Vx=Xe'+Xh                                                  (7)

Vy=Ye'+Yh                                                  (8)

By employing the equations (7) and (8) above, the ordinary movement of one's line-of-sight effected by combining head movement and eye movement can be reproduced.

FIG. 11 is a flow chart showing the operation of a yet another embodiment of the present invention.

The operation of this embodiment will be described with reference to FIGS. 8 to 11. In the similar manner as in the embodiment of FIG. 4, a target is presented by the board 4, eye movement data is input to calculating portion 1 from eye movement detecting portion 2, and thereafter, head movement of the subject is detected by the head movement detecting portion 7. Thereafter, as described with reference to FIG. 10 above, the overall movement of the line-of-sight (Vx, Vy) provided by combining the head movement and the eye movement is calculated by combining the result of detection of the eye movement Ex, Ey and the angle and the position of the head Hc, Hθ, Hφ and Hx, Hy and Hz. By using the values Vx and Vy, fractal dimension of each of the components of the small involuntary movement at various angles of gazing is calculated. The calculation is the same as that of FIG. 4. The measured values of various parameters are independently or totally evaluated as co-operated movement, which evaluation is used for discriminating Alzheimer's disease.

As described above, according to the embodiments of the present invention, a target is presented to a subject, eye movement of the subject at that time is detected, abnormality of small involuntary movement component is discriminated by using fractal dimension analysis on the basis of time-change of the movement of line-of-sight on the basis of the detected eye movement, so as to determine whether the disease is related to brain function. Therefore, troubles in the eye movement control mechanism in the brain of the subject can be easily detected, and Alzheimer's disease can be easily discriminated from cerebrovascular disease.

Although the present invention has been described and illustrated in detail, it is clearly understood that the same is by way of illustration and example only and is not to be taken by way of limitation, the spirit and scope of the present invention being limited only by the terms of the appended claims.

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Classifications
U.S. Classification600/558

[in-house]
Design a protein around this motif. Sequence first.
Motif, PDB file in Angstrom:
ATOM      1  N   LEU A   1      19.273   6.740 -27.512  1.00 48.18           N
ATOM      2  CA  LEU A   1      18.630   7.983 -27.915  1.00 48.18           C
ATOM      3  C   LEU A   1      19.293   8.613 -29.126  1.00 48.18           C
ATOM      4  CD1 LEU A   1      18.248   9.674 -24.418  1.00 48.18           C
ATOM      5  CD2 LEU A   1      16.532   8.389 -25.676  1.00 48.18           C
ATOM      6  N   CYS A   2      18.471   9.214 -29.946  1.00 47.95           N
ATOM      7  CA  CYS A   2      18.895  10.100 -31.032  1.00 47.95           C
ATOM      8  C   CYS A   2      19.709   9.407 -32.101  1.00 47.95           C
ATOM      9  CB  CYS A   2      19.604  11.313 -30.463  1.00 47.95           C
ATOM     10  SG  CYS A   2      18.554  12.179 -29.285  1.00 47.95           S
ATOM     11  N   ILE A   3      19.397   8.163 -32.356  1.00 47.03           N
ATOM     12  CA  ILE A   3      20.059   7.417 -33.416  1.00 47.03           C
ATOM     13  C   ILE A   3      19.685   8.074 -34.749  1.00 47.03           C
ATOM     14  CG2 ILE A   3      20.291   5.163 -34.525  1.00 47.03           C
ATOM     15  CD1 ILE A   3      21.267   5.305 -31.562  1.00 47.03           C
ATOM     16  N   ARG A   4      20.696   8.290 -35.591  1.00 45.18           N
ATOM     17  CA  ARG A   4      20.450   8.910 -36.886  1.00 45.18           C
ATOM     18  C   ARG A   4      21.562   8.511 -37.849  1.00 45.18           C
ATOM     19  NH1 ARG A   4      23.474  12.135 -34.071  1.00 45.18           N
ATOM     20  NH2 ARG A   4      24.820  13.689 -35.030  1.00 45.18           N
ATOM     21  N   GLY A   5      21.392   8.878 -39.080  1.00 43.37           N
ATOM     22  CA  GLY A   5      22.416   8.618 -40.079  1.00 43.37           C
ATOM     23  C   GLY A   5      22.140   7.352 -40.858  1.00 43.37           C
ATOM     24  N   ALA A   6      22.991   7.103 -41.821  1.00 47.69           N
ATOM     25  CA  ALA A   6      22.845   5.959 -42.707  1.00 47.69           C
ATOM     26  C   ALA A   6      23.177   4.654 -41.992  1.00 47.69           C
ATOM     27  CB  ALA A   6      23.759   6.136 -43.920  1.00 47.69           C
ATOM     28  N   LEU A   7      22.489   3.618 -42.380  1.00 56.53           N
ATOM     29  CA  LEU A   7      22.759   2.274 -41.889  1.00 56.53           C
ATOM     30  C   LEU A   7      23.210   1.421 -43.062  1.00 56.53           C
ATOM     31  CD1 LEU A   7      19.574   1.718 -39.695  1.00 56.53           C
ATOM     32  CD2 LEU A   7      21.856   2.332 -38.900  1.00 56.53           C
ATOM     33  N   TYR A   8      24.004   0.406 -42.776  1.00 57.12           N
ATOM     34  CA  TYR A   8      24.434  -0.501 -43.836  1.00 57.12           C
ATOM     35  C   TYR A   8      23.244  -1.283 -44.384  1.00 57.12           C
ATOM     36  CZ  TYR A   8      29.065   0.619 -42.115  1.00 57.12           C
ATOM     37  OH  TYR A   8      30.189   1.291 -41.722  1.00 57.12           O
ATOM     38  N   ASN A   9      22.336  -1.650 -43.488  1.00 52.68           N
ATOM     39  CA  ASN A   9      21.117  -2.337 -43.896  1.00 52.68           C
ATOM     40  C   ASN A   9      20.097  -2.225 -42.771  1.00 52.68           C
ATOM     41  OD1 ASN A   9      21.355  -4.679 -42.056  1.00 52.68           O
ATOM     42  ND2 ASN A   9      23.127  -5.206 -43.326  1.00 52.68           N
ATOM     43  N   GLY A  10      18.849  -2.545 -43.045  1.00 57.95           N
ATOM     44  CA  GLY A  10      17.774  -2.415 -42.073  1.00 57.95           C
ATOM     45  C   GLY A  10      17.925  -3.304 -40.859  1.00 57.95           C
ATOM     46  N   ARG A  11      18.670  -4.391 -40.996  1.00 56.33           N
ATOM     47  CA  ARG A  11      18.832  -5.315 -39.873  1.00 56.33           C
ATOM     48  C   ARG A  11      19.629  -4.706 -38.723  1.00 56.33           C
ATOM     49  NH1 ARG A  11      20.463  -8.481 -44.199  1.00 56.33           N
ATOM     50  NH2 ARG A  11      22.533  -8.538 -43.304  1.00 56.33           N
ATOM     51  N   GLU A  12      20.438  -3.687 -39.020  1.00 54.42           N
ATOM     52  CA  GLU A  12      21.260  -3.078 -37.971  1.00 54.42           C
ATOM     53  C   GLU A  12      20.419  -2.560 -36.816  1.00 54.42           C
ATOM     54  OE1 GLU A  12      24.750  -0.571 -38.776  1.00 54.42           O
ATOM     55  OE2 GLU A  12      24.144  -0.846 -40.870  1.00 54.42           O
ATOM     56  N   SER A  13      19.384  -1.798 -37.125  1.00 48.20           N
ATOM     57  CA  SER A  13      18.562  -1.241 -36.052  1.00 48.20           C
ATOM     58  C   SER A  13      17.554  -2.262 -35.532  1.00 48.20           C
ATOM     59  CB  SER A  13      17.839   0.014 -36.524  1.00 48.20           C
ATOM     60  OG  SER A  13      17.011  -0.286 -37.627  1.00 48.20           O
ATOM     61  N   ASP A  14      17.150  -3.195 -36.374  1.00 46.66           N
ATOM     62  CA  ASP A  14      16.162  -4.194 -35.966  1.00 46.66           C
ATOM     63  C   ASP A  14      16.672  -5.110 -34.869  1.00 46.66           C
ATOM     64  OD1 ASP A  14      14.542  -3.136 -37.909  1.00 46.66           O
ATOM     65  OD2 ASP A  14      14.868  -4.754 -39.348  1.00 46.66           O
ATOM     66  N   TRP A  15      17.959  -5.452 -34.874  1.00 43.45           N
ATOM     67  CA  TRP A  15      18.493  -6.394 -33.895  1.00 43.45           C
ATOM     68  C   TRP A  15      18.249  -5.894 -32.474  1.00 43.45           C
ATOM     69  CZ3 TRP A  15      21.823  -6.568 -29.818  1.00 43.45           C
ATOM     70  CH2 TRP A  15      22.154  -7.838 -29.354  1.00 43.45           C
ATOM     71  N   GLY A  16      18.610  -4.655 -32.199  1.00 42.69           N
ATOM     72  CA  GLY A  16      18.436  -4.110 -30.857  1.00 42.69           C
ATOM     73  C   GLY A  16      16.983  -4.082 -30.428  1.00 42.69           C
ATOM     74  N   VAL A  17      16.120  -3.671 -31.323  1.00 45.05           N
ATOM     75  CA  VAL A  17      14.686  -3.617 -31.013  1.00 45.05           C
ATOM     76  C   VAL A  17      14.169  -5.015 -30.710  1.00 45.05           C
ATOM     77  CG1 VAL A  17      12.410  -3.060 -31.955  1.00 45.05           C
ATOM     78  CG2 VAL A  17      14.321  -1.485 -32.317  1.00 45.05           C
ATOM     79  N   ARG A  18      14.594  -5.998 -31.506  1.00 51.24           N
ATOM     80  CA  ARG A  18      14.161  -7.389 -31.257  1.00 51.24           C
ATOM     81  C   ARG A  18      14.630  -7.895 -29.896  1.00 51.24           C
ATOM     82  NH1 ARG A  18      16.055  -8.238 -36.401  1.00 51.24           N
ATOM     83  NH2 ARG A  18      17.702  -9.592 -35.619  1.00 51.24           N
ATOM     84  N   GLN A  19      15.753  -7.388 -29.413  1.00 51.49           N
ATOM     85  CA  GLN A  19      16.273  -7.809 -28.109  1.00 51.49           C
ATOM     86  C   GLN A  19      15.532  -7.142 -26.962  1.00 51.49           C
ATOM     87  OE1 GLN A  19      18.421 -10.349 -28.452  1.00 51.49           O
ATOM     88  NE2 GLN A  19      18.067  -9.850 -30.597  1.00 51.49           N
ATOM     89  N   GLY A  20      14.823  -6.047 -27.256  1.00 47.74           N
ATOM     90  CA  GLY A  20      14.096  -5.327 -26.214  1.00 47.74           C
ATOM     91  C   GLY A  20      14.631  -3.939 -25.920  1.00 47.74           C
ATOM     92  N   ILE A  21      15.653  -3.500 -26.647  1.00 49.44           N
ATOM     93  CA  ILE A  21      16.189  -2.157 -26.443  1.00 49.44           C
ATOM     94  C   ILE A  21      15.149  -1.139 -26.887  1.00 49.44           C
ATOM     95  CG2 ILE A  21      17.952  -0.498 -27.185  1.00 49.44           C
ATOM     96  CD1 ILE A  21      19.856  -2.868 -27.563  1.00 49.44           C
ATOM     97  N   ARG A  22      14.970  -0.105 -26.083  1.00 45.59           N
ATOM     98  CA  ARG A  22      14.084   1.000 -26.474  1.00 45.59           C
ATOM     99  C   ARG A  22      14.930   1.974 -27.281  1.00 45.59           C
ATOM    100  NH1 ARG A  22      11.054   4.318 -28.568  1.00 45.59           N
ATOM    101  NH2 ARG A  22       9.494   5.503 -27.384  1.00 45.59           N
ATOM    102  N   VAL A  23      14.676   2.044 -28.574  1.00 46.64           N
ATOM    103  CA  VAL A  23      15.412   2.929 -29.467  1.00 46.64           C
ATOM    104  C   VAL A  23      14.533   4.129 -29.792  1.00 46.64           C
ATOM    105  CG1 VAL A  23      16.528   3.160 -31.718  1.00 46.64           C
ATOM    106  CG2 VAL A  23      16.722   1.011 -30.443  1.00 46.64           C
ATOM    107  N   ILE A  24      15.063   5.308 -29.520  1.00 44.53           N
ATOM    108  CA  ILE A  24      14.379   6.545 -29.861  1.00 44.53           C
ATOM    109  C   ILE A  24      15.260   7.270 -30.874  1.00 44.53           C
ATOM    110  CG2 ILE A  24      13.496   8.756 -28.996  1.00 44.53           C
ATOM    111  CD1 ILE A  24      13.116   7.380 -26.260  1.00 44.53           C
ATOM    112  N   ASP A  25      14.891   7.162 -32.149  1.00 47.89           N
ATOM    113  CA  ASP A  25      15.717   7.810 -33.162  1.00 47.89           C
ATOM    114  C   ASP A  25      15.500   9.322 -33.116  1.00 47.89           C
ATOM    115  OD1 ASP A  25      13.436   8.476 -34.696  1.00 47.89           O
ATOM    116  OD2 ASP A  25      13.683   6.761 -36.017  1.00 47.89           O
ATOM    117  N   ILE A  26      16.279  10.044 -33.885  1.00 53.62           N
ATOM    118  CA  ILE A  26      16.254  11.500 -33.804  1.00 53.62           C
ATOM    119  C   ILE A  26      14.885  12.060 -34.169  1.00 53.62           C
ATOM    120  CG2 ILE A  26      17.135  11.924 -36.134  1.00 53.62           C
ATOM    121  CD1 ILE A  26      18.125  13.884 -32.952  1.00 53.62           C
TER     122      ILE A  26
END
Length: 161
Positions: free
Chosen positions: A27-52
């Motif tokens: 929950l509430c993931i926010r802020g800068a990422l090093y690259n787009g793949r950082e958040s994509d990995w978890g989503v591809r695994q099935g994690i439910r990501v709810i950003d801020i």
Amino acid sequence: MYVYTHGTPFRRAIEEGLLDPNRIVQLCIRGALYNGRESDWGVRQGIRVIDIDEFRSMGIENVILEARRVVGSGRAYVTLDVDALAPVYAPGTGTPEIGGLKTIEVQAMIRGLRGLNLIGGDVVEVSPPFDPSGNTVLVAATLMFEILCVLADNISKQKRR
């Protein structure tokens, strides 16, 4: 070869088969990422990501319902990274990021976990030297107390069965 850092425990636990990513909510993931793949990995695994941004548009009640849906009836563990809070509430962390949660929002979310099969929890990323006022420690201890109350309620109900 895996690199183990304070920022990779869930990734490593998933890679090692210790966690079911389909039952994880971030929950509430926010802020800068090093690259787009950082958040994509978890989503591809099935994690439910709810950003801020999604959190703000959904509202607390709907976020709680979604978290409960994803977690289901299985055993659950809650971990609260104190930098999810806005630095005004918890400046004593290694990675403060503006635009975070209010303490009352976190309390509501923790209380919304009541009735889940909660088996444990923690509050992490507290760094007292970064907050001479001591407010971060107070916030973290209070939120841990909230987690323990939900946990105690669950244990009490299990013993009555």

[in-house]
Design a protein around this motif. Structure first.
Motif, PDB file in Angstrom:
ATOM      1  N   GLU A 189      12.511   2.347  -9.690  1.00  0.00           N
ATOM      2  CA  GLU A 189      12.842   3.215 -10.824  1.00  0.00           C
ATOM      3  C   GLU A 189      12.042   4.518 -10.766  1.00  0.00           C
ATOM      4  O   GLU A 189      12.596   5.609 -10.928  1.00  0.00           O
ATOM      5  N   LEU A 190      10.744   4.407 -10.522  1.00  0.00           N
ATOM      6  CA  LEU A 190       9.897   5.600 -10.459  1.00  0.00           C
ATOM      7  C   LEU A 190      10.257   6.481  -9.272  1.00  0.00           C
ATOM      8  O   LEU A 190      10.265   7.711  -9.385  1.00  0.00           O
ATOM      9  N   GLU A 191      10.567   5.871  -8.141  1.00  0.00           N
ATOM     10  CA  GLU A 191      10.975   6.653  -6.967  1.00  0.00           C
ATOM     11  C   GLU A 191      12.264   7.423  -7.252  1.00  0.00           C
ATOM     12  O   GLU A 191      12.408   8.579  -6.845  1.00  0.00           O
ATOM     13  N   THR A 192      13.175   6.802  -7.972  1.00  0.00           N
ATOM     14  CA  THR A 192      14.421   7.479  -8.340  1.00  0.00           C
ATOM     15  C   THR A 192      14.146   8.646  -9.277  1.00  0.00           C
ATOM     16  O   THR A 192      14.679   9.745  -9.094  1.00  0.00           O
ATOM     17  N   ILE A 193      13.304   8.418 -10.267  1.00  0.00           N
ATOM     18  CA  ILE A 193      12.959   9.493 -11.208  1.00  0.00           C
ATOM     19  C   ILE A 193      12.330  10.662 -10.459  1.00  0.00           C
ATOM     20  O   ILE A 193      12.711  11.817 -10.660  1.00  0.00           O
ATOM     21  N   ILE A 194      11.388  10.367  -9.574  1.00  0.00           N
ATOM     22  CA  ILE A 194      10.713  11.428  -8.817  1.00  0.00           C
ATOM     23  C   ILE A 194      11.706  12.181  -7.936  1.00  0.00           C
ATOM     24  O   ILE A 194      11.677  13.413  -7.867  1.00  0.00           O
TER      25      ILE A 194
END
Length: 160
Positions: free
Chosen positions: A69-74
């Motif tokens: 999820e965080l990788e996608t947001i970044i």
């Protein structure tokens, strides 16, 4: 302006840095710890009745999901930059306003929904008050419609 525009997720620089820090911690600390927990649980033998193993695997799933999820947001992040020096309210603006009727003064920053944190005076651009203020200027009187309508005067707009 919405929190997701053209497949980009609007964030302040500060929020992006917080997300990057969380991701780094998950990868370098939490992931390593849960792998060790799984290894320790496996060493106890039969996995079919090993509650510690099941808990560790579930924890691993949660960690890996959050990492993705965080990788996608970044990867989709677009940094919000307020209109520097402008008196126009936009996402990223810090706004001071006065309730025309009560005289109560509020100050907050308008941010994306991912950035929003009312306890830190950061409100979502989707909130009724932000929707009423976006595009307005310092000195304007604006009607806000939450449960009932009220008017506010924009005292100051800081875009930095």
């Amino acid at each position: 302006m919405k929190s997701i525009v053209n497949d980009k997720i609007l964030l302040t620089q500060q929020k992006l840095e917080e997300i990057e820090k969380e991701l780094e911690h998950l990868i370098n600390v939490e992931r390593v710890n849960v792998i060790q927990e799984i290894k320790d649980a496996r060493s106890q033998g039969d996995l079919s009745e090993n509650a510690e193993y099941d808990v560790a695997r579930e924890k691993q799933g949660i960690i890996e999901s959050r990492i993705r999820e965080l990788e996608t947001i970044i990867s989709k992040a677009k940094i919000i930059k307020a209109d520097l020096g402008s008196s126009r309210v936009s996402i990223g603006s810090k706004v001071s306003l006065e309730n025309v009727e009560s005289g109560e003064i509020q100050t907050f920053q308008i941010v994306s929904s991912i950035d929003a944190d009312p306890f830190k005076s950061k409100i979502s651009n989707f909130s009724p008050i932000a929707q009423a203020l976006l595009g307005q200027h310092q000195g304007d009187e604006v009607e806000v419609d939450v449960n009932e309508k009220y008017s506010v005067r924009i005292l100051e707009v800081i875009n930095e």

International ClassificationA61B3/113
Cooperative ClassificationA61B3/113
European ClassificationA61B3/113
Legal Events
DateCodeEventDescription
Jun 16, 1993ASAssignment
Owner name: ATR AUDITORY AND VISUAL PERCEPTION, JAPAN
Free format text: ASSIGNMENT OF ASSIGNORS INTEREST;ASSIGNORS:YOSHIMATSU, HIROSHI;YAMADA, MITSUHO;UOMORI, KENYA;AND OTHERS;REEL/FRAME:006580/0514;SIGNING DATES FROM 19930528 TO 19930601
Mar 23, 1995ASAssignment
Owner name: ATR AUDITORY AND VISUAL PERCEPTION RESEARCH LABORA
Free format text: CORRECTIVE ASSIGNMENT TO CORRECT ASSIGNEE S ADDRESS. AN ASSIGNMENT WAS PREVIOUSLY RECORDED AT REEL 6580, FRAMES 514;ASSIGNORS:YOSHIMATSU, HIROSHI;MURAKAMI, SHINJI;YAMADA, MITSUHO;AND OTHERS;REEL/FRAME:007404/0555;SIGNING DATES FROM 19930528 TO 19930601
Owner name: FUJII, MITSURU
Free format text: CORRECTIVE ASSIGNMENT TO CORRECT ASSIGNEE S ADDRESS. AN ASSIGNMENT WAS PREVIOUSLY RECORDED AT REEL 6580, FRAMES 514;ASSIGNORS:YOSHIMATSU, HIROSHI;MURAKAMI, SHINJI;YAMADA, MITSUHO;AND OTHERS;REEL/FRAME:007404/0555;SIGNING DATES FROM 19930528 TO 19930601
Owner name: FUKATSU, RYO
Free format text: CORRECTIVE ASSIGNMENT TO CORRECT ASSIGNEE S ADDRESS. AN ASSIGNMENT WAS PREVIOUSLY RECORDED AT REEL 6580, FRAMES 514;ASSIGNORS:YOSHIMATSU, HIROSHI;MURAKAMI, SHINJI;YAMADA, MITSUHO;AND OTHERS;REEL/FRAME:007404/0555;SIGNING DATES FROM 19930528 TO 19930601
Owner name: MIYAZAWA, JIRO
Free format text: CORRECTIVE ASSIGNMENT TO CORRECT ASSIGNEE S ADDRESS. AN ASSIGNMENT WAS PREVIOUSLY RECORDED AT REEL 6580, FRAMES 514;ASSIGNORS:YOSHIMATSU, HIROSHI;MURAKAMI, SHINJI;YAMADA, MITSUHO;AND OTHERS;REEL/FRAME:007404/0555;SIGNING DATES FROM 19930528 TO 19930601
Owner name: MURAKAMI, SHINJI
Free format text: CORRECTIVE ASSIGNMENT TO CORRECT ASSIGNEE S ADDRESS. AN ASSIGNMENT WAS PREVIOUSLY RECORDED AT REEL 6580, FRAMES 514;ASSIGNORS:YOSHIMATSU, HIROSHI;MURAKAMI, SHINJI;YAMADA, MITSUHO;AND OTHERS;REEL/FRAME:007404/0555;SIGNING DATES FROM 19930528 TO 19930601
Owner name: NAKANO, NORIHITO
Free format text: CORRECTIVE ASSIGNMENT TO CORRECT ASSIGNEE S ADDRESS. AN ASSIGNMENT WAS PREVIOUSLY RECORDED AT REEL 6580, FRAMES 514;ASSIGNORS:YOSHIMATSU, HIROSHI;MURAKAMI, SHINJI;YAMADA, MITSUHO;AND OTHERS;REEL/FRAME:007404/0555;SIGNING DATES FROM 19930528 TO 19930601
Owner name: TAKAHATA, NAOHIKO
Free format text: CORRECTIVE ASSIGNMENT TO CORRECT ASSIGNEE S ADDRESS. AN ASSIGNMENT WAS PREVIOUSLY RECORDED AT REEL 6580, FRAMES 514;ASSIGNORS:YOSHIMATSU, HIROSHI;MURAKAMI, SHINJI;YAMADA, MITSUHO;AND OTHERS;REEL/FRAME:007404/0555;SIGNING DATES FROM 19930528 TO 19930601
Aug 29, 1995CCCertificate of correction
Mar 25, 1998FPAYFee payment
Year of fee payment: 4
Jun 11, 2002REMIMaintenance fee reminder mailed
Nov 22, 2002LAPSLapse for failure to pay maintenance fees
Jan 21, 2003FPExpired due to failure to pay maintenance fee
Effective date: 20021122